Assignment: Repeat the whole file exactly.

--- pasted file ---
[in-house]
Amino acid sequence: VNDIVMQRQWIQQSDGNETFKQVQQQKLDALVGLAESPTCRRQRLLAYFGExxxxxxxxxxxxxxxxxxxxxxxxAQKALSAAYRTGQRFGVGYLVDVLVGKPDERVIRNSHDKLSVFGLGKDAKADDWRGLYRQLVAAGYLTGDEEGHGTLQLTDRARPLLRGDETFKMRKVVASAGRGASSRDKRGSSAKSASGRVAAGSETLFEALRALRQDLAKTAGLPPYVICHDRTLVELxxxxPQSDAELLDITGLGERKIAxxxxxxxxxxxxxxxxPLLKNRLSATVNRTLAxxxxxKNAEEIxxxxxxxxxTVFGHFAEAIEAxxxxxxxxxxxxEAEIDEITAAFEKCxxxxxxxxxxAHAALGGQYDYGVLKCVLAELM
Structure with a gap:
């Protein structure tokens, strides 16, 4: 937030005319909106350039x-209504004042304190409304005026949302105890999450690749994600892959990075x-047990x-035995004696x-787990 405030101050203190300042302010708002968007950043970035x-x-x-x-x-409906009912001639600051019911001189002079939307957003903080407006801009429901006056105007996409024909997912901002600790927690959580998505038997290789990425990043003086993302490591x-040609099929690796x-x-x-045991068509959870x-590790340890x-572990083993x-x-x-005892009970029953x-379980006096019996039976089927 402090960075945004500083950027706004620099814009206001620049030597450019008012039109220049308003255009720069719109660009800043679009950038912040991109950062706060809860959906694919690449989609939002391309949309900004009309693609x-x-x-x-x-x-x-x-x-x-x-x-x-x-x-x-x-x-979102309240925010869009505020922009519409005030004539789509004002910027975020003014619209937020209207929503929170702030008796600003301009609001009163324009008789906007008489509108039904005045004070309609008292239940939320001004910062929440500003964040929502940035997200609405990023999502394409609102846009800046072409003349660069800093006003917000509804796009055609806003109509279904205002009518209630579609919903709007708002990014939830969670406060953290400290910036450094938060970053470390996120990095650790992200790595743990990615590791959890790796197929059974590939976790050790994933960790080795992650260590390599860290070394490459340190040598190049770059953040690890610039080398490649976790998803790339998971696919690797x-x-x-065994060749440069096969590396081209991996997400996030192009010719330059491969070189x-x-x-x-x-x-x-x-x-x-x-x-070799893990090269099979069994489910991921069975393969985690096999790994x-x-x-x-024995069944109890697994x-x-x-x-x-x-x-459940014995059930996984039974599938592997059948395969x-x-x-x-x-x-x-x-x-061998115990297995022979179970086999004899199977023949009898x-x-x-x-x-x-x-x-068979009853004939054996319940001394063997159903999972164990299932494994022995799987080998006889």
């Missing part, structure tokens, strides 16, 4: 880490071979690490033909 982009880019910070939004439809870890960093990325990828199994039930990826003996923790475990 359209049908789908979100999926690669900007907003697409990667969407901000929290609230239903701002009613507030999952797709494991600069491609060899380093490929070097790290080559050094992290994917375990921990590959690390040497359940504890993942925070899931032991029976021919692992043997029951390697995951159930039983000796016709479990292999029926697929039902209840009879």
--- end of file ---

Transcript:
[in-house]
Amino acid sequence: VNDIVMQRQWIQQSDGNETFKQVQQQKLDALVGLAESPTCRRQRLLAYFGExxxxxxxxxxxxxxxxxxxxxxxxAQKALSAAYRTGQRFGVGYLVDVLVGKPDERVIRNSHDKLSVFGLGKDAKADDWRGLYRQLVAAGYLTGDEEGHGTLQLTDRARPLLRGDETFKMRKVVASAGRGASSRDKRGSSAKSASGRVAAGSETLFEALRALRQDLAKTAGLPPYVICHDRTLVELxxxxPQSDAELLDITGLGERKIAxxxxxxxxxxxxxxxxPLLKNRLSATVNRTLAxxxxxKNAEEIxxxxxxxxxTVFGHFAEAIEAxxxxxxxxxxxxEAEIDEITAAFEKCxxxxxxxxxxAHAALGGQYDYGVLKCVLAELM
Structure with a gap:
């Protein structure tokens, strides 16, 4: 937030005319909106350039x-209504004042304190409304005026949302105890999450690749994600892959990075x-047990x-035995004696x-787990 405030101050203190300042302010708002968007950043970035x-x-x-x-x-409906009912001639600051019911001189002079939307957003903080407006801009429901006056105007996409024909997912901002600790927690959580998505038997290789990425990043003086993302490591x-040609099929690796x-x-x-045991068509959870x-590790340890x-572990083993x-x-x-005892009970029953x-379980006096019996039976089927 402090960075945004500083950027706004620099814009206001620049030597450019008012039109220049308003255009720069719109660009800043679009950038912040991109950062706060809860959906694919690449989609939002391309949309900004009309693609x-x-x-x-x-x-x-x-x-x-x-x-x-x-x-x-x-x-979102309240925010869009505020922009519409005030004539789509004002910027975020003014619209937020209207929503929170702030008796600003301009609001009163324009008789906007008489509108039904005045004070309609008292239940939320001004910062929440500003964040929502940035997200609405990023999502394409609102846009800046072409003349660069800093006003917000509804796009055609806003109509279904205002009518209630579609919903709007708002990014939830969670406060953290400290910036450094938060970053470390996120990095650790992200790595743990990615590791959890790796197929059974590939976790050790994933960790080795992650260590390599860290070394490459340190040598190049770059953040690890610039080398490649976790998803790339998971696919690797x-x-x-065994060749440069096969590396081209991996997400996030192009010719330059491969070189x-x-x-x-x-x-x-x-x-x-x-x-070799893990090269099979069994489910991921069975393969985690096999790994x-x-x-x-024995069944109890697994x-x-x-x-x-x-x-459940014995059930996984039974599938592997059948395969x-x-x-x-x-x-x-x-x-061998115990297995022979179970086999004899199977023949009898x-x-x-x-x-x-x-x-068979009853004939054996319940001394063997159903999972164990299932494994022995799987080998006889």
């Missing part, structure tokens, strides 16, 4: 880490071979690490033909 982009880019910070939004439809870890960093990325990828199994039930990826003996923790475990 359209049908789908979100999926690669900007907003697409990667969407901000929290609230239903701002009613507030999952797709494991600069491609060899380093490929070097790290080559050094992290994917375990921990590959690390040497359940504890993942925070899931032991029976021919692992043997029951390697995951159930039983000796016709479990292999029926697929039902209840009879």